New Facebook search tool designed to help journalists, marketers
This week, Facebook announced a new search tool designed to help two types of searchers: Marketers interested in what people are talking about on TV and journalists interested in what Facebookers are saying about a particular topic of the moment.
Marketers can see what people are talking about in real time, whether it's their product or service, or one they want to partner with or advertise. Mass Relevance has a website with some examples of how you could use this data to see some broad demographics of who's watching and commenting. It's not earth-shattering by any means, but I imagine over time the data will get more detailed.
News organizations can display Facebook (NASDAQ: FB) conversations in real time on their shows to get a pulse of general thinking on a particular subject. It could have some utility for news channels like a CNN or Fox, but it really depends where the people are talking and if they are just getting echo chamber kinds of responses or a real cross section of people's thoughts.
If you're wondering how your content will appear in these feeds, you need to allow the public to view your thoughts in your security setting. If you're locked down, your content shouldn't appear in these streams, but according to a blog post on Facebook, it could appear in the form of anonymous aggregated data.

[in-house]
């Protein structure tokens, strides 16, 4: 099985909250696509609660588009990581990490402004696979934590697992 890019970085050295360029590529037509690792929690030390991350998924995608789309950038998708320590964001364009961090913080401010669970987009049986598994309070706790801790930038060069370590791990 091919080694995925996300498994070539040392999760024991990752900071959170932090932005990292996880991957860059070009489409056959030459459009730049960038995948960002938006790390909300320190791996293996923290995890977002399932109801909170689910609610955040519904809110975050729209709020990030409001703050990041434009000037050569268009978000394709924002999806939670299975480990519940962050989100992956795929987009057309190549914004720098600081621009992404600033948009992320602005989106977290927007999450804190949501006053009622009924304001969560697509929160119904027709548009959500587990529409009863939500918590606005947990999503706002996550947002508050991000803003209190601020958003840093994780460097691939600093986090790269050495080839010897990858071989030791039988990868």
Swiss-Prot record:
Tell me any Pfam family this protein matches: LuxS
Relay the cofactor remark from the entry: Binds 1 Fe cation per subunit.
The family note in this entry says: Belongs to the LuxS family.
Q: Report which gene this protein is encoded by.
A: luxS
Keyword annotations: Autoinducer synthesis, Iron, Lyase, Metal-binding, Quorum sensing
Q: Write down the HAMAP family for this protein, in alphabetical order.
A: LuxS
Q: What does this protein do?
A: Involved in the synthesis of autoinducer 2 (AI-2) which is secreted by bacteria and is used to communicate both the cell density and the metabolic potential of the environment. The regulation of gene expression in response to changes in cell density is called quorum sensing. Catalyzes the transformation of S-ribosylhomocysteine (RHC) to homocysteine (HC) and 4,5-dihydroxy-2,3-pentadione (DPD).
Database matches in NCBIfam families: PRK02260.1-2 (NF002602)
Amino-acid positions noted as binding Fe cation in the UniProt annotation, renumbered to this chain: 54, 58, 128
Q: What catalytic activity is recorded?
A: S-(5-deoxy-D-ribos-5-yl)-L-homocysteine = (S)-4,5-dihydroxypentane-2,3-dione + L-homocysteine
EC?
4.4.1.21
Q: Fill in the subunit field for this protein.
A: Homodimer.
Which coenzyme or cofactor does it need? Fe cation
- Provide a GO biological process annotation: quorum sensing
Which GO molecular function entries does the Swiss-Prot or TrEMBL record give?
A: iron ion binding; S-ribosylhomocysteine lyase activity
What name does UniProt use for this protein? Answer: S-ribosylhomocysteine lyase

One example of using this type of data is What's Trending on The Today Show on NBC. It gives hosts a peg to discuss what people find interesting or important on Facebook, and it mainstreams Facebook into television, which is important for them--and also an interesting phenomenon in itself.
For now, this is a very limited beta including just Buzzfeed, CNN, NBC's Today Show, BSkyB and Slate. Obviously, Facebook is looking not just for news alone, but also popular destinations. Buzzfeed is not a hard news source by any means, but it is immensely popular.
I did email Facebook public relations and ask for a demo account, but was told that it was only available to a "limited number of partners." I guess that means I'll have to wait to test it.
For now, it's an attempt to commercialize the content and the underlying data, and package it in a way that's useful to marketers and television news shows (along with online sources). It's also clearly an attempt by Facebook to wrestle the commercial aspects of social conversations around television events from Twitter, where a lot of this conversation currently happens.
It seems to me there's probably room for both, as marketers and news stations look for new ways to leverage the information on online social media.
For more information:
- see the Facebook blog post on the new search tools